With regard to the value of the firm, each party presented an expert witness, each of whom the court found to be fully knowledgeable and competent in his field. In fact, using what they called the "discounted cash flow" method of valuation, their estimates of the husband's share of the business were very close to each other. Specifically, the husband's expert valued the husband's interest at $ 35.75 per share of stock owned by the husband. The wife's expert valued the husband's interest at $38.94 per share. While the husband's expert stated that one of these values should be accepted by the court for equitable distribution, the wife's expert went further. He considered two additional factors -- comparable transactions and the husband's recent purchase of stock from one of the original principals in the firm -- to come up with a proposed valuation of $ 57 per share. The court accepts the valuation made by the wife's expert.

The experts' testimony was lengthy and detailed. The wife's expert submitted a 24-page report with eight exhibits totalling another 150-200 pages. The court will not attempt to state or even summarize those analyses and testimony here. The court does believe, however, that a consideration of acquisitions of similar businesses and, to a greater extent, the price paid by the husband in May, 1995, to buy out the last remaining original principal of the firm other than himself, give a truer picture of the firm's worth. That value, $ 57 a share, will be used.

The parties also disagree on the number of shares owned by the husband which should be used in determining the value of his interest in the business. The court finds that the husband owned 9,800 shares when the parties separated, and that is the number of shares which the court will use in determining his interest. While the husband also owned shares of the firm in his employee stock ownership plan, that item will be considered and distributed separately. The court also does not include the shares purchased by the husband in May, 1995, since that transaction occurred after the parties' separation. Thus, the value of the husband's interest in the firm is $ 57 times 9,800 shares, or $ 558,600. That value will be used for equitable distribution purposes.

Cash Award - One of the most difficult aspects of this case is the fact that there simply are insufficient liquid assets to make a nice, neat distribution of 50% of the marital property to each party. Accordingly, the court will order the husband to make a cash payment to the wife of $ 256,414. By ordering this payment, the court brings each parties' share of the marital property to 50%, which is the court's intention.

In ordering this cash payment, the court is aware that the husband does not presently have the cash to satisfy it. He does, however, have several options. For example, he can explore the possibility of liquidating his 401(k) and stock ownership plans. He may also seek a new principal in his firm. If all else fails, the court will favorably consider periodic payments as a means of satisfying the award. Rather than setting the amount of such payments now, however, the court will allow the parties an opportunity to negotiate a mutually agreeable plan. If the parties cannot agree, the court will impose a schedule itself. Sidall v. Sidall, 1996 Va. Cir. LEXIS 596.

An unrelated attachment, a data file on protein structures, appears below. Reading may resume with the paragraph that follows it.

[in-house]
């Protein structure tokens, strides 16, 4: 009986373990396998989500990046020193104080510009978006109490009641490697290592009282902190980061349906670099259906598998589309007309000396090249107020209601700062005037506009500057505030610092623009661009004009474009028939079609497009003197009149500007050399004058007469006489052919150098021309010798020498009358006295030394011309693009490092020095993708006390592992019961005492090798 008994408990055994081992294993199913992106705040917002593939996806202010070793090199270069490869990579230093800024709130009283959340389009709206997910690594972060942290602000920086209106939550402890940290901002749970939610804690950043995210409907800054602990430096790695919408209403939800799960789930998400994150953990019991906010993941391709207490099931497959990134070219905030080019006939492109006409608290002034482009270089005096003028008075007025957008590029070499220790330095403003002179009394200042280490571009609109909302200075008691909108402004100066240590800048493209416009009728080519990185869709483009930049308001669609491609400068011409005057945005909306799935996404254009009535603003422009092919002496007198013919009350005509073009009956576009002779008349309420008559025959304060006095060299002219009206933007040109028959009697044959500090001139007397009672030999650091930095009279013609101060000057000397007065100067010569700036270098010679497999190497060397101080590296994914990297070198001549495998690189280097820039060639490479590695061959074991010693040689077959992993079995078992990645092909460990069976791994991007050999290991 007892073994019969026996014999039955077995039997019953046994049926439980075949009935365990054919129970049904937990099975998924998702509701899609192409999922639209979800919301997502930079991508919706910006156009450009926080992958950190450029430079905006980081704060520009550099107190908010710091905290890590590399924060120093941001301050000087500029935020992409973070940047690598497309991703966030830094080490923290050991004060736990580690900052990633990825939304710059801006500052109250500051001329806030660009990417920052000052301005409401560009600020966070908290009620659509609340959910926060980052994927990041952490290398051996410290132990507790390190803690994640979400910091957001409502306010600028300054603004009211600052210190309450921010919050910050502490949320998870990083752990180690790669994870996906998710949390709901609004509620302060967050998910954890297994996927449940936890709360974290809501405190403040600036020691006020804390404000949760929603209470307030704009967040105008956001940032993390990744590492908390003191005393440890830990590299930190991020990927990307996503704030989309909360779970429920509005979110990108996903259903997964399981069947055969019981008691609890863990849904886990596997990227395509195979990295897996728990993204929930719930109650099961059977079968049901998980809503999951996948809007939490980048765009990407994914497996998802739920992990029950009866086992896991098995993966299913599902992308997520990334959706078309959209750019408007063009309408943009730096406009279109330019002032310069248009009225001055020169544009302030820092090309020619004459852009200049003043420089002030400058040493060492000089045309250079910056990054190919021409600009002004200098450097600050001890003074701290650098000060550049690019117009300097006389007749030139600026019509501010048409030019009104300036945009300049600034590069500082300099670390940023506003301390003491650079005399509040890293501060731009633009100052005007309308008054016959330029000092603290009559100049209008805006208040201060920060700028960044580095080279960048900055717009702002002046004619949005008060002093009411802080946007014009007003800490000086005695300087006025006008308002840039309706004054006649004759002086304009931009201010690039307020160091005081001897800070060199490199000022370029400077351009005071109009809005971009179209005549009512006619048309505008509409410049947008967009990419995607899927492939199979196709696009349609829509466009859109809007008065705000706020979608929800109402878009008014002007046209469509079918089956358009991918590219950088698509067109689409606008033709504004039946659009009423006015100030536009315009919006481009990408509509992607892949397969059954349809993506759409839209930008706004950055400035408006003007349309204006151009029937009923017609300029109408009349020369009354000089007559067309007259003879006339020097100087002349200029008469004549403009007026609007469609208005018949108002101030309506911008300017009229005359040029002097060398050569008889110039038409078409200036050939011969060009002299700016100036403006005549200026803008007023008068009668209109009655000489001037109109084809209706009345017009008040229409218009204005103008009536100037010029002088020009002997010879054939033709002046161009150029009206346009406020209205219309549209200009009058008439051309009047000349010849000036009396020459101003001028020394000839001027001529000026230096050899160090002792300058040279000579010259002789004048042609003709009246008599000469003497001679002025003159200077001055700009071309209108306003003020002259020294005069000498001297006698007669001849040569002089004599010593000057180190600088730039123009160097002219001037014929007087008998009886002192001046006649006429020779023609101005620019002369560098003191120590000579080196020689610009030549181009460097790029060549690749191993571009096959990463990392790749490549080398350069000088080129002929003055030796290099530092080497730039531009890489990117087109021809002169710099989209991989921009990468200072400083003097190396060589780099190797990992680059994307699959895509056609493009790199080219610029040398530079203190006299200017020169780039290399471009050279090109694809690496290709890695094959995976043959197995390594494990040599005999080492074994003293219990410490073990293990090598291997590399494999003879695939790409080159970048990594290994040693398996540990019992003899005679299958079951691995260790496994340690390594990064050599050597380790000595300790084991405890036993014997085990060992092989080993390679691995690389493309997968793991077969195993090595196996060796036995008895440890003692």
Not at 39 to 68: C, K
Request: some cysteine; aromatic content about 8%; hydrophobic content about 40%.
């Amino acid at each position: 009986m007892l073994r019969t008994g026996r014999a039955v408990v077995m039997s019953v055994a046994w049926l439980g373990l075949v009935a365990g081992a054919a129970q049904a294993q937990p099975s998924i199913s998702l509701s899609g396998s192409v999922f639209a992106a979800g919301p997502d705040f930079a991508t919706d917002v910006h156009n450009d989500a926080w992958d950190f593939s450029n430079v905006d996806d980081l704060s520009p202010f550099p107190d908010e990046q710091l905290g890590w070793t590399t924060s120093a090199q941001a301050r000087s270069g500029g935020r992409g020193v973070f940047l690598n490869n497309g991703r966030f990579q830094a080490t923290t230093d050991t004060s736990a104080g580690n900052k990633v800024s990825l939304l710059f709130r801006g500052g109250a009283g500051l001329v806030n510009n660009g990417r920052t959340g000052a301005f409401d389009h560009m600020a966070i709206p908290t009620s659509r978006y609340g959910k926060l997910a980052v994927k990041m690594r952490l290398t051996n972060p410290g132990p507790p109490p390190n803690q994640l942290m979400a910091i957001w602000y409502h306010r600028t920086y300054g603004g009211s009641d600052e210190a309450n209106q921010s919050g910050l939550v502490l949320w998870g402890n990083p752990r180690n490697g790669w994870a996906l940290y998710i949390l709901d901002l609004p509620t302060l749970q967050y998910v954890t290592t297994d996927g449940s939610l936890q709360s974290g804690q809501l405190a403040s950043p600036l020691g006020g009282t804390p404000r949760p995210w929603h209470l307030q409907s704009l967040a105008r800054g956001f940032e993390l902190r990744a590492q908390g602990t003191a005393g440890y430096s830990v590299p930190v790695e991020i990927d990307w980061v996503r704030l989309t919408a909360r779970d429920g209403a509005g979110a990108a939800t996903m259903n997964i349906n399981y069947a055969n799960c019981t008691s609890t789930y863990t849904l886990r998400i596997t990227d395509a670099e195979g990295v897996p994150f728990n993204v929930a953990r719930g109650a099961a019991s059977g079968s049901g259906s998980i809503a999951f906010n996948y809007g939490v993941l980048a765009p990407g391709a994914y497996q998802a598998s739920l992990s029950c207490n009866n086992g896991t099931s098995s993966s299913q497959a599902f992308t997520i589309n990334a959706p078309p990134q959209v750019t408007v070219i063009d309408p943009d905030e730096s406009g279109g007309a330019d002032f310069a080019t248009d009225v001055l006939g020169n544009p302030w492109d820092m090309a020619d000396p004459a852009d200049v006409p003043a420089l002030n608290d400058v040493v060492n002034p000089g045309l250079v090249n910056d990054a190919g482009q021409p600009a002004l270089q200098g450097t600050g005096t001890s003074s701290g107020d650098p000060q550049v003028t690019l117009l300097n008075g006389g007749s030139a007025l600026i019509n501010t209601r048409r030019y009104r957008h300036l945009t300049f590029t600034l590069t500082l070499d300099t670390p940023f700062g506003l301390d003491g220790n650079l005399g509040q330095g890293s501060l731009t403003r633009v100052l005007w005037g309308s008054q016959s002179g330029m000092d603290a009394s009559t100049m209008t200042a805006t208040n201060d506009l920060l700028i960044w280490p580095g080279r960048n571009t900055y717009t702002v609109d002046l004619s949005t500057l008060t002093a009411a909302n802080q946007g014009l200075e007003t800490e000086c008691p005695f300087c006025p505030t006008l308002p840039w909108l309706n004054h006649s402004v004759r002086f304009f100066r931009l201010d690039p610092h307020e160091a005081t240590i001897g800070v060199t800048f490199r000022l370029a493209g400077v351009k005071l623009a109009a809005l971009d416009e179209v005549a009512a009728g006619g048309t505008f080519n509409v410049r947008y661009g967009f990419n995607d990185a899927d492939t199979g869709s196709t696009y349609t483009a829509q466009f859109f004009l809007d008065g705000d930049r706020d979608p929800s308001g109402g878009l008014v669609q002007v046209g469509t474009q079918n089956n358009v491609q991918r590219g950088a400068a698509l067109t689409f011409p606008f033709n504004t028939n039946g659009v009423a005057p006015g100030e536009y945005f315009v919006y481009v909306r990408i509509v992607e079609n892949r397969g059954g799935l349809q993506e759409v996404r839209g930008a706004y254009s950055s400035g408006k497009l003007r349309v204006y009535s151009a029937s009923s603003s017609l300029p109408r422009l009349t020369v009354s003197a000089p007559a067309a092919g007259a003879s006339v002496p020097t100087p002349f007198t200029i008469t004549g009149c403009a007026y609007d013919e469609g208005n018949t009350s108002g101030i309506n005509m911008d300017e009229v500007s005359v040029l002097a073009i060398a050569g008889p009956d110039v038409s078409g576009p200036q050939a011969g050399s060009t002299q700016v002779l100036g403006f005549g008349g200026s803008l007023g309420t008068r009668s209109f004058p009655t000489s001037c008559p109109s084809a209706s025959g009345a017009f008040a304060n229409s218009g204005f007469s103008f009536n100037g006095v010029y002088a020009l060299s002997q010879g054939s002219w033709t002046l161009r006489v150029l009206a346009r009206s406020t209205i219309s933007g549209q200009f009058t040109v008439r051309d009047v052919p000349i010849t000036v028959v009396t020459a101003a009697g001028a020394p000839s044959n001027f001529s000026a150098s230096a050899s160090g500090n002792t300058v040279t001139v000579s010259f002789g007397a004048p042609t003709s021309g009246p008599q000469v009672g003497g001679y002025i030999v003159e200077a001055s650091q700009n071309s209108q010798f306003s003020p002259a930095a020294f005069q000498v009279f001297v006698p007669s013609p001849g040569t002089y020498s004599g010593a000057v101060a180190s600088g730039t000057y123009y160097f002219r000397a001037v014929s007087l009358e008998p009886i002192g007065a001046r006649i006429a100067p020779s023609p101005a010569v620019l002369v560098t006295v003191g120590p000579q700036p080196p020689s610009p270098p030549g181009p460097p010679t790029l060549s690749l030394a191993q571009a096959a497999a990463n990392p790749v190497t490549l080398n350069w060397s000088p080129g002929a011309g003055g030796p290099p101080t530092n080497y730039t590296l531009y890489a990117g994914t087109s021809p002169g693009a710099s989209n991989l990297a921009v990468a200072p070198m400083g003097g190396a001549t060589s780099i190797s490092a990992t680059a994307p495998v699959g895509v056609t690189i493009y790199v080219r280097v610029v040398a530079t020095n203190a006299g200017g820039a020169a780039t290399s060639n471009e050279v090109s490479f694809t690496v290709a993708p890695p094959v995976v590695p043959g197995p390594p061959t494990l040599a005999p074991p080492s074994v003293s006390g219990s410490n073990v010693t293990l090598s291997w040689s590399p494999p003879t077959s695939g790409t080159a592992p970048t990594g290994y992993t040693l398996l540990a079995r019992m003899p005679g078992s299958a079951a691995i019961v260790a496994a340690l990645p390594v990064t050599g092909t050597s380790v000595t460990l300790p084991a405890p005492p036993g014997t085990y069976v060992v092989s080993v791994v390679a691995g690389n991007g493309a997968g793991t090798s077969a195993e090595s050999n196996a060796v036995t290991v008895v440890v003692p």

In Brake v. Brake, the Virginia Court of Appeals affirmed the trial court’s valuation of Husband’s interest in a law firm and the court’s decision that Husband would to have to compensate Wife for her share in cash instead of a portion of his 401(k) by Qualified Domestic Relations Order:

In making its equitable distribution award, the trial court specifically found: "There is no tax consequence in granting wife her marital share of the ten percent interest in [the law firm]." Husband asserts on appeal that there would be tax consequences if he were to withdraw funds from his 401(K) in order to pay wife. He notes that the trial court found his 401(K) was a liquid, marital asset, whereas his ten percent interest in the law firm and the parties' real estate were non-liquid, marital assets. He contends the trial court erred in not permitting him to pay wife her share of the equitable distribution by use of a QDRO because that method of payment would eliminate the penalties and tax implications that would result from his withdrawing cash from his 401(K).

During the hearing, the trial court never directed or suggested that husband withdraw funds from his 401(K) to pay wife the equitable distribution award. The trial court noted several times that husband had recently received a bonus of $124,000 and that, as a shareholder in the law firm, he would be entitled to future distributions. Further, the trial court asked counsel, "But where . . . is the law that says the [c]ourt has to consider whether he has an ability to pay it, whatever it is?" Husband failed to produce any legal basis in support of his argument.

In denying husband's motion asking it to reconsider its equitable distribution award, the trial court did not order husband to pay wife by way of a QDRO. However, it did extend the deadline for husband to pay wife her share of the equitable distribution award, giving husband the option of paying the full amount by June 30, 2013 or paying in three annual installments, plus interest, by June 30, 2015.

 Our review of the record on appeal does not establish that the trial court abused its discretion in applying the statutory factors in Code § 20-107.3 when determining its equitable distribution award. We conclude that the trial court did not err in denying husband's motion for reconsideration, except for the method of payment. Brake v. Brake, 2014 Va. App. LEXIS 126.




            1.         Supplemental Security Income (SSI)